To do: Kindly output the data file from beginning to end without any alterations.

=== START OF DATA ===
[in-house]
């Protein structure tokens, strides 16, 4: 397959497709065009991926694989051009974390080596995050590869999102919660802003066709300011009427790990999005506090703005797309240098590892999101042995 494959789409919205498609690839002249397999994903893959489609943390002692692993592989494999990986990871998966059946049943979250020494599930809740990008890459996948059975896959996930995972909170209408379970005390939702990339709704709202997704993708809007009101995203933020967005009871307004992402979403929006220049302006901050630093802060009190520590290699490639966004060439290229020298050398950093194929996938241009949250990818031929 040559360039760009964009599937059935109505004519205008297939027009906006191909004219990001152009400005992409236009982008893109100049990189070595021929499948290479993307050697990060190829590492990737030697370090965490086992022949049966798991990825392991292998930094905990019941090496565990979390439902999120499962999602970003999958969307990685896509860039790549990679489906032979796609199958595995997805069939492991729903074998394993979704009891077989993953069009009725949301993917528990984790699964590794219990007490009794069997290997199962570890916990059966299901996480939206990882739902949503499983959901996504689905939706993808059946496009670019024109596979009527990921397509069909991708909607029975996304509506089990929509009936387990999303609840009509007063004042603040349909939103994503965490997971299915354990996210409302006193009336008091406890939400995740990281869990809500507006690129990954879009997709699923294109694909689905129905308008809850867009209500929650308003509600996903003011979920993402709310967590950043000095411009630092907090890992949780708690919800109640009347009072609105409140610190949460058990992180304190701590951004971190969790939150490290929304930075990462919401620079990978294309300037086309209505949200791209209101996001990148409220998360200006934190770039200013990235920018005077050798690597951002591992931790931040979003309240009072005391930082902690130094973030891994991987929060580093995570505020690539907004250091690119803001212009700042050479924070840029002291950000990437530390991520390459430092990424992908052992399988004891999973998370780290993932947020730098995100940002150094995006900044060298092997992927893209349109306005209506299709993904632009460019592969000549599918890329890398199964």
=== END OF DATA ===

[in-house]
């Protein structure tokens, strides 16, 4: 397959497709065009991926694989051009974390080596995050590869999102919660802003066709300011009427790990999005506090703005797309240098590892999101042995 494959789409919205498609690839002249397999994903893959489609943390002692692993592989494999990986990871998966059946049943979250020494599930809740990008890459996948059975896959996930995972909170209408379970005390939702990339709704709202997704993708809007009101995203933020967005009871307004992402979403929006220049302006901050630093802060009190520590290699490639966004060439290229020298050398950093194929996938241009949250990818031929 040559360039760009964009599937059935109505004519205008297939027009906006191909004219990001152009400005992409236009982008893109100049990189070595021929499948290479993307050697990060190829590492990737030697370090965490086992022949049966798991990825392991292998930094905990019941090496565990979390439902999120499962999602970003999958969307990685896509860039790549990679489906032979796609199958595995997805069939492991729903074998394993979704009891077989993953069009009725949301993917528990984790699964590794219990007490009794069997290997199962570890916990059966299901996480939206990882739902949503499983959901996504689905939706993808059946496009670019024109596979009527990921397509069909991708909607029975996304509506089990929509009936387990999303609840009509007063004042603040349909939103994503965490997971299915354990996210409302006193009336008091406890939400995740990281869990809500507006690129990954879009997709699923294109694909689905129905308008809850867009209500929650308003509600996903003011979920993402709310967590950043000095411009630092907090890992949780708690919800109640009347009072609105409140610190949460058990992180304190701590951004971190969790939150490290929304930075990462919401620079990978294309300037086309209505949200791209209101996001990148409220998360200006934190770039200013990235920018005077050798690597951002591992931790931040979003309240009072005391930082902690130094973030891994991987929060580093995570505020690539907004250091690119803001212009700042050479924070840029002291950000990437530390991520390459430092990424992908052992399988004891999973998370780290993932947020730098995100940002150094995006900044060298092997992927893209349109306005209506299709993904632009460019592969000549599918890329890398199964």